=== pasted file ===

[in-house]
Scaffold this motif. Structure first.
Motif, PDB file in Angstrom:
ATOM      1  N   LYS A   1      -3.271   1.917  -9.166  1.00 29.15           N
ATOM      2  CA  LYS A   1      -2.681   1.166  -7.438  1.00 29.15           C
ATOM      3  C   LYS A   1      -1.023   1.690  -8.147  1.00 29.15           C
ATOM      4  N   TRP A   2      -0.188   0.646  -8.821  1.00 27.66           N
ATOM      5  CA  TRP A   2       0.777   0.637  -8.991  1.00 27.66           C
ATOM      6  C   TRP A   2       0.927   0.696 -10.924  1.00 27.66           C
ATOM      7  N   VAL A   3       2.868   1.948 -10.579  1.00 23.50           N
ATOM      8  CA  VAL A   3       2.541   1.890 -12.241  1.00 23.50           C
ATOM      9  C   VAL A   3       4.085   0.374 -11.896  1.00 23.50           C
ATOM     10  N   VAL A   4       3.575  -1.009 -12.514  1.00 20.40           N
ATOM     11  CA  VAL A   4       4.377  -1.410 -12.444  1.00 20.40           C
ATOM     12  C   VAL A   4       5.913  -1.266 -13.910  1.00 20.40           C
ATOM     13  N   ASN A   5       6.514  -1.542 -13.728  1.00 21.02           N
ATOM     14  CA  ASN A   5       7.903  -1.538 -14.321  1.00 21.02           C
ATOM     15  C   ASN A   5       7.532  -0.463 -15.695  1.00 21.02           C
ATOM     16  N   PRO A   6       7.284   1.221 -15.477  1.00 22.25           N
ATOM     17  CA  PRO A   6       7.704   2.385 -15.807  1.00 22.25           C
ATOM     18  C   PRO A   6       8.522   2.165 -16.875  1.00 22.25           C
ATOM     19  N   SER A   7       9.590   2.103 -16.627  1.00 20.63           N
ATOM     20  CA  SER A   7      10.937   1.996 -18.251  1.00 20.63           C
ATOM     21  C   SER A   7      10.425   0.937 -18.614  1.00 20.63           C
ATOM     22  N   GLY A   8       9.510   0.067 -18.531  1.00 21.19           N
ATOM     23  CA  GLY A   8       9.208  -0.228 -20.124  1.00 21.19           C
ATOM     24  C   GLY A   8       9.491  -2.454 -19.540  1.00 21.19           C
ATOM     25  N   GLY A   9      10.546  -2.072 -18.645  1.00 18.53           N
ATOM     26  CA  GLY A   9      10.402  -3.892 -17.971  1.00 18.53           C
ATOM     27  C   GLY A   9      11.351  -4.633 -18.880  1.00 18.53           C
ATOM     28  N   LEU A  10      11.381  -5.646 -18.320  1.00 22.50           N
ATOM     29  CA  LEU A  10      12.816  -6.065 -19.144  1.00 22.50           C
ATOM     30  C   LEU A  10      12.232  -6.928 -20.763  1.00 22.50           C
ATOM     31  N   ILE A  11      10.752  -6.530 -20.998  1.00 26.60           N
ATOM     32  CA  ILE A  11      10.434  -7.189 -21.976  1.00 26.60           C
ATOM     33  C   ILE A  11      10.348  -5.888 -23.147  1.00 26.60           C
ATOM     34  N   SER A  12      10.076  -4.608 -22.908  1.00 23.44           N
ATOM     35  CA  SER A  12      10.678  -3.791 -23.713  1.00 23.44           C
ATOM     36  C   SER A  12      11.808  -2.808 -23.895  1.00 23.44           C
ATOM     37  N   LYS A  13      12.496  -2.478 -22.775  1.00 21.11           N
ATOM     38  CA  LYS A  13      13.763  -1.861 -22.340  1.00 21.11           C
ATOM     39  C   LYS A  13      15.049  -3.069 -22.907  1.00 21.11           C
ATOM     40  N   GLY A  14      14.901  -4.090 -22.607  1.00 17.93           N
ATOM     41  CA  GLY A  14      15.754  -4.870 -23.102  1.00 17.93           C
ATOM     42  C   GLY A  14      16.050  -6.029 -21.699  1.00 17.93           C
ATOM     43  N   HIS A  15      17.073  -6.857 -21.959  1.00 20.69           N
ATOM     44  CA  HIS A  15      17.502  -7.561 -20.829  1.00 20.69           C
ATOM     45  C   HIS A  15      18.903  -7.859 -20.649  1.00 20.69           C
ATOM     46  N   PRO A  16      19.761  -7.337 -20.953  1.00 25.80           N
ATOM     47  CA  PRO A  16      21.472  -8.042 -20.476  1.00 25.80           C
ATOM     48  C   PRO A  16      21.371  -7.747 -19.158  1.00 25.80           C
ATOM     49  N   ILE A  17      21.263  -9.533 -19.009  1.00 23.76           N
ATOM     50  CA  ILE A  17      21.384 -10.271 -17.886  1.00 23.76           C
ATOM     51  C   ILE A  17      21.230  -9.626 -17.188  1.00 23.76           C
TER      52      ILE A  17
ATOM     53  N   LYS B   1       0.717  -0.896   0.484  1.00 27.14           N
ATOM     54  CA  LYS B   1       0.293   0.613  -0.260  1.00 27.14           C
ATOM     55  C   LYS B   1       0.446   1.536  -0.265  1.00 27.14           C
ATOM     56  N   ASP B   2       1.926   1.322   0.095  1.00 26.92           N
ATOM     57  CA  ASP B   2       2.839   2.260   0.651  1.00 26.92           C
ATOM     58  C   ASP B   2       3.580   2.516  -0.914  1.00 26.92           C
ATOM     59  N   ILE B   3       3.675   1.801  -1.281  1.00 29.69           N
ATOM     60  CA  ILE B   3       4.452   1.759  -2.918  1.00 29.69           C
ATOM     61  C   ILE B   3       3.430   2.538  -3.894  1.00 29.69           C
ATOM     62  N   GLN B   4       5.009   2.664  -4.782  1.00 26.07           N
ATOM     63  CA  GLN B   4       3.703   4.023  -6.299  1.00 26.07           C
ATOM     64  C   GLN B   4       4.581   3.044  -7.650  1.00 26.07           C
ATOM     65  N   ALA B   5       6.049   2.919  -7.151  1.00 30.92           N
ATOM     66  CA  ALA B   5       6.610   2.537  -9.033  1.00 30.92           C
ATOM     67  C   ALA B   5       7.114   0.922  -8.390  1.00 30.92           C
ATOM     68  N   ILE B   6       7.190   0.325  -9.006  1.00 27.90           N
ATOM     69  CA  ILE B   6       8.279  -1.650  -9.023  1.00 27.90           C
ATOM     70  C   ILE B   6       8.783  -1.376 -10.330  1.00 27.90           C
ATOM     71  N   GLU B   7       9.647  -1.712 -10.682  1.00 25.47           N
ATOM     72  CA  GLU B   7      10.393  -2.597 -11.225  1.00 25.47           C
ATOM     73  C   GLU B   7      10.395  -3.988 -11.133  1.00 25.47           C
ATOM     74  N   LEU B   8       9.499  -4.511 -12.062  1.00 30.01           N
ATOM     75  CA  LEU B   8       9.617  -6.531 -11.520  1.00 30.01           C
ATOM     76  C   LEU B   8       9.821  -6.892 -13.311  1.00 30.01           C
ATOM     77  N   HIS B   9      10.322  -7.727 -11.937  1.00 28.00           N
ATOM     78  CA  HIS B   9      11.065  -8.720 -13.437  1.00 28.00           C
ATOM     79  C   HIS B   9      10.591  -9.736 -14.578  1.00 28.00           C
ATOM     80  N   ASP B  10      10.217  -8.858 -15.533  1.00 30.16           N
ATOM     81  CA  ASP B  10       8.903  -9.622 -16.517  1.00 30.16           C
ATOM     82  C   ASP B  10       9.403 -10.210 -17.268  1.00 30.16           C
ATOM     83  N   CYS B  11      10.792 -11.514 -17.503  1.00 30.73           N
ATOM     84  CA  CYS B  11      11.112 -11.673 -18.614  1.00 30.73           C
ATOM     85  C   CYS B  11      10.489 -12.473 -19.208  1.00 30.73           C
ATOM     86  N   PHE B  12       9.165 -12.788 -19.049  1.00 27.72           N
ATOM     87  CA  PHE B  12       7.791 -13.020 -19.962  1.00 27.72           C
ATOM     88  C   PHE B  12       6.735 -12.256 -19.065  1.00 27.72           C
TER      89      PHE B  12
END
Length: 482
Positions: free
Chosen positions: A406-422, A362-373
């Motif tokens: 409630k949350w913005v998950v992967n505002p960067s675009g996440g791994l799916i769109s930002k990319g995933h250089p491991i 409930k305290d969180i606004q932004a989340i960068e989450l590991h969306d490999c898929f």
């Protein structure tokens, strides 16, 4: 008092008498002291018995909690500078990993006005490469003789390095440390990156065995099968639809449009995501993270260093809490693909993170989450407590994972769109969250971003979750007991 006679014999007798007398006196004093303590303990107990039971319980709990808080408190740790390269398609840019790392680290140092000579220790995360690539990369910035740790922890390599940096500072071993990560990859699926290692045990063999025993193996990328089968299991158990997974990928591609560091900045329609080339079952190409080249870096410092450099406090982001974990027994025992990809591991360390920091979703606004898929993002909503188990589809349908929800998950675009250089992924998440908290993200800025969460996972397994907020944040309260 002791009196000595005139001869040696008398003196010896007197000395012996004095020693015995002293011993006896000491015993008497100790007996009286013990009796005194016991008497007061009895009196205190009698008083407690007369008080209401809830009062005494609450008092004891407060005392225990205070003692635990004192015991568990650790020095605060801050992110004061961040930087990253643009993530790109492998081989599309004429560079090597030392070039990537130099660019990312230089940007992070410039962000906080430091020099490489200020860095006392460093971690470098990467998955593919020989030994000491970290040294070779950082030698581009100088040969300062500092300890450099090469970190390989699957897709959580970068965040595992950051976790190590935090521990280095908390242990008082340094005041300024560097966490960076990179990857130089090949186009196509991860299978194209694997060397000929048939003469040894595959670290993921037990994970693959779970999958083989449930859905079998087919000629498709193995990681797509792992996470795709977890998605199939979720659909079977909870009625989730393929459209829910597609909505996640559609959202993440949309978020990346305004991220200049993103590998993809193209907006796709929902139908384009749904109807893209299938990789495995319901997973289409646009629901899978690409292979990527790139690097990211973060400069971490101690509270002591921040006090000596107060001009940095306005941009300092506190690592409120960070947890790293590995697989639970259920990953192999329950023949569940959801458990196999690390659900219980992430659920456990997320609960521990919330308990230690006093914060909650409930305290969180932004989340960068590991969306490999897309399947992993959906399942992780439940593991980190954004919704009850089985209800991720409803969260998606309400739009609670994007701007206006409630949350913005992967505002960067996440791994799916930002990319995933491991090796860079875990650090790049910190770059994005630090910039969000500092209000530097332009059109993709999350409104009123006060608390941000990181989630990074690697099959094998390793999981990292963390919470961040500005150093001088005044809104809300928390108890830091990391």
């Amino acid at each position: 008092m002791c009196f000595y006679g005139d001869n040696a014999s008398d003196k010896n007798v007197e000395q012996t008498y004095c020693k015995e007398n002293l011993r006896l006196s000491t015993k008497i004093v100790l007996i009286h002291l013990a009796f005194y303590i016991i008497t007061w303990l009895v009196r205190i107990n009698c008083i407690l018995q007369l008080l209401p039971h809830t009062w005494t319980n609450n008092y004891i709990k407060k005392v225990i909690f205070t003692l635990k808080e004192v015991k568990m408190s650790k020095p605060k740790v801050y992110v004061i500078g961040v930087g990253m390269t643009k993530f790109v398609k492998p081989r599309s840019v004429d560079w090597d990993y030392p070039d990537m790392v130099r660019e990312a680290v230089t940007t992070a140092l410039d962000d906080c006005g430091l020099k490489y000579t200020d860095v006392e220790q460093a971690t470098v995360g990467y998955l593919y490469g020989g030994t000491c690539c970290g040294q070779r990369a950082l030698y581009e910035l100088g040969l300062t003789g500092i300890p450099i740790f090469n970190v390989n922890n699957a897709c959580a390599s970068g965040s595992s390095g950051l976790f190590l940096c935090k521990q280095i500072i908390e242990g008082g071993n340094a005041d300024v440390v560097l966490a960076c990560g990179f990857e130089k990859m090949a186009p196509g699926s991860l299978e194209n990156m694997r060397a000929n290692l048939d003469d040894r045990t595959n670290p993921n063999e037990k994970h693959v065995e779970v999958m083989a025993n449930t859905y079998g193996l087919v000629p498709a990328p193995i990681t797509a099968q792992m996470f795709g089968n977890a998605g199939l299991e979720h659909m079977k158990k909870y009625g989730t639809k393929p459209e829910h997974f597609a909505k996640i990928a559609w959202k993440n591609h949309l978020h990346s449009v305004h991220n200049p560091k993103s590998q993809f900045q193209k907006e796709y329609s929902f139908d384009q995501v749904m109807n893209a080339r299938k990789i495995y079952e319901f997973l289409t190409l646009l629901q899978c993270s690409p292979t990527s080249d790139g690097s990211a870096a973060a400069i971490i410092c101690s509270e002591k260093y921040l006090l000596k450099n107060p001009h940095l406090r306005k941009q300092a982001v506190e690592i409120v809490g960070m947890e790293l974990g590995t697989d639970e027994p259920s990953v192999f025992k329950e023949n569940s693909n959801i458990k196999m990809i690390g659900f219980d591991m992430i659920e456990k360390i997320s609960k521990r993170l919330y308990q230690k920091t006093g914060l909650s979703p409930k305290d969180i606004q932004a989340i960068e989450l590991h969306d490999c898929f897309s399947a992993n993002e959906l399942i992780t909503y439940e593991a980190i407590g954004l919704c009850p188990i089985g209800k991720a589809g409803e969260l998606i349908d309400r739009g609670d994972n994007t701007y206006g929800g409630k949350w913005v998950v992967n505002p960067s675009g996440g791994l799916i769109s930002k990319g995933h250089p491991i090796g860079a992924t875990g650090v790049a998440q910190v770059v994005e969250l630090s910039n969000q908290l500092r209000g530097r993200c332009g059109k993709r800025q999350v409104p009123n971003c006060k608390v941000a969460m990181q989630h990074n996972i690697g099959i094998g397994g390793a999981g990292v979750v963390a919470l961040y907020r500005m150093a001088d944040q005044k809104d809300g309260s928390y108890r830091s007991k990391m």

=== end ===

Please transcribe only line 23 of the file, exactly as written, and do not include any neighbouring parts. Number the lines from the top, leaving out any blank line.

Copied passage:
ATOM     20  CA  SER A   7      10.937   1.996 -18.251  1.00 20.63           C